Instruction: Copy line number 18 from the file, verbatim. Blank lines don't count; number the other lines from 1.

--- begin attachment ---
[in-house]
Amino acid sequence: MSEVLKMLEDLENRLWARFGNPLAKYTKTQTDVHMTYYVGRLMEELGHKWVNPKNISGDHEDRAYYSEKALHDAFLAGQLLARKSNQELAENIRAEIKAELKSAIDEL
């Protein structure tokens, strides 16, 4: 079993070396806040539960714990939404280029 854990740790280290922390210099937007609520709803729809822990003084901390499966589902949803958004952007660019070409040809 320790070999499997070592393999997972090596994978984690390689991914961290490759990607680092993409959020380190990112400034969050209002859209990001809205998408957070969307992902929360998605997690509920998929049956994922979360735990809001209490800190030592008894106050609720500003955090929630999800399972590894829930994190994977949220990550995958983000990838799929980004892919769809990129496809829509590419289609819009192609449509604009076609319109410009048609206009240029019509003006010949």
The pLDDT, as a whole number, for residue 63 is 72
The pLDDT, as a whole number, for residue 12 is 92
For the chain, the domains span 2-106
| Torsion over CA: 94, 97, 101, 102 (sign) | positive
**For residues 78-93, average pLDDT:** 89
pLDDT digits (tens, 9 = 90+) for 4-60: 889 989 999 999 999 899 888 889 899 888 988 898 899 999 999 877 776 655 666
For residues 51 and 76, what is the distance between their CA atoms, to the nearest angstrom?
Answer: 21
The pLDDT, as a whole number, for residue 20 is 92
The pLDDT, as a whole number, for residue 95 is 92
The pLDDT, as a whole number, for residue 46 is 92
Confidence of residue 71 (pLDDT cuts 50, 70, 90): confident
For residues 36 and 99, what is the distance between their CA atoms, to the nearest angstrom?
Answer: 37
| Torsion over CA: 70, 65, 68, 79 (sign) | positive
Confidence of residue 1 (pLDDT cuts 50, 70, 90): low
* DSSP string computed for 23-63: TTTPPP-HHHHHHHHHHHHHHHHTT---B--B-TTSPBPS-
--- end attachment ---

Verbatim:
| Torsion over CA: 70, 65, 68, 79 (sign) | positive